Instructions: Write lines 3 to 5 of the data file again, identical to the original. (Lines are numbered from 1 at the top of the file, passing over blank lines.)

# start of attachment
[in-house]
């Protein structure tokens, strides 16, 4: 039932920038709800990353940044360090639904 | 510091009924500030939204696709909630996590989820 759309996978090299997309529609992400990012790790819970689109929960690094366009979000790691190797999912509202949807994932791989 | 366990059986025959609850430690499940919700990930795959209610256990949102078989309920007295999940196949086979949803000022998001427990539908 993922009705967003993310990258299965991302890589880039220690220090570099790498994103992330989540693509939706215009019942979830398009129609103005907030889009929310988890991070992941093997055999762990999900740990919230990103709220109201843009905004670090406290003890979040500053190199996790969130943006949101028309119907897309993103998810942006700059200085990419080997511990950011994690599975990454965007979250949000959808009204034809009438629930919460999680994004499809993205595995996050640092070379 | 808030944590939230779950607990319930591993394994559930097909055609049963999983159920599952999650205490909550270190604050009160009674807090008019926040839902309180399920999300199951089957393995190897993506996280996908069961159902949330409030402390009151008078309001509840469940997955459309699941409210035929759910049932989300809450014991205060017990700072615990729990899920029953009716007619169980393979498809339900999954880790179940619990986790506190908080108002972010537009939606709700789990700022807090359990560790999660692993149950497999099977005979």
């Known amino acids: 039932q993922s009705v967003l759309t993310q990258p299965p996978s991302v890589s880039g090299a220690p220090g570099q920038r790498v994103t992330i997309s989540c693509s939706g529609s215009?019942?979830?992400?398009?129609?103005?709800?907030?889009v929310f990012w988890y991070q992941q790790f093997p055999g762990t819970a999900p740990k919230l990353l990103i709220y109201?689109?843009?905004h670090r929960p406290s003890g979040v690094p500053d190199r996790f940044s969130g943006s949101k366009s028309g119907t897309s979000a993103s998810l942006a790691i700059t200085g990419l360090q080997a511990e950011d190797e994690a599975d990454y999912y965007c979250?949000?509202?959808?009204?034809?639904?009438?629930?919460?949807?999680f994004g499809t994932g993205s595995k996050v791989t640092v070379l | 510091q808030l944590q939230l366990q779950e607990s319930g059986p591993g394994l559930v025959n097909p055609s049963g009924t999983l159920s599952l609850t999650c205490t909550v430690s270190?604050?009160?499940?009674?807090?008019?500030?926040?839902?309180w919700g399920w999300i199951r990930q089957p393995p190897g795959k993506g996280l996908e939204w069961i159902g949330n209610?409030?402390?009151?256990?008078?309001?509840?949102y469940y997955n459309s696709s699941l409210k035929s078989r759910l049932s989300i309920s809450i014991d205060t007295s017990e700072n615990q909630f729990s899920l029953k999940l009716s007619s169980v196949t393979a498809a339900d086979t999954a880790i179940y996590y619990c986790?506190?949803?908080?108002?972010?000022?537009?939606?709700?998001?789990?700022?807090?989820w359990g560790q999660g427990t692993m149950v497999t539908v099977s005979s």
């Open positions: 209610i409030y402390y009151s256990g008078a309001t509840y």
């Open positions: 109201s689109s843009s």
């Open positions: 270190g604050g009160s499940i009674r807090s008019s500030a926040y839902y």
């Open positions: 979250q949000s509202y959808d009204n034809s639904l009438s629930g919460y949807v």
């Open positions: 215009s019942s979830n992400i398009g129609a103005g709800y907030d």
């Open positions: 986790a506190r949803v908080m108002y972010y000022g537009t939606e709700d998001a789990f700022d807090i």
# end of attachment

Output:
């Known amino acids: 039932q993922s009705v967003l759309t993310q990258p299965p996978s991302v890589s880039g090299a220690p220090g570099q920038r790498v994103t992330i997309s989540c693509s939706g529609s215009?019942?979830?992400?398009?129609?103005?709800?907030?889009v929310f990012w988890y991070q992941q790790f093997p055999g762990t819970a999900p740990k919230l990353l990103i709220y109201?689109?843009?905004h670090r929960p406290s003890g979040v690094p500053d190199r996790f940044s969130g943006s949101k366009s028309g119907t897309s979000a993103s998810l942006a790691i700059t200085g990419l360090q080997a511990e950011d190797e994690a599975d990454y999912y965007c979250?949000?509202?959808?009204?034809?639904?009438?629930?919460?949807?999680f994004g499809t994932g993205s595995k996050v791989t640092v070379l | 510091q808030l944590q939230l366990q779950e607990s319930g059986p591993g394994l559930v025959n097909p055609s049963g009924t999983l159920s599952l609850t999650c205490t909550v430690s270190?604050?009160?499940?009674?807090?008019?500030?926040?839902?309180w919700g399920w999300i199951r990930q089957p393995p190897g795959k993506g996280l996908e939204w069961i159902g949330n209610?409030?402390?009151?256990?008078?309001?509840?949102y469940y997955n459309s696709s699941l409210k035929s078989r759910l049932s989300i309920s809450i014991d205060t007295s017990e700072n615990q909630f729990s899920l029953k999940l009716s007619s169980v196949t393979a498809a339900d086979t999954a880790i179940y996590y619990c986790?506190?949803?908080?108002?972010?000022?537009?939606?709700?998001?789990?700022?807090?989820w359990g560790q999660g427990t692993m149950v497999t539908v099977s005979s």
């Open positions: 209610i409030y402390y009151s256990g008078a309001t509840y």
């Open positions: 109201s689109s843009s």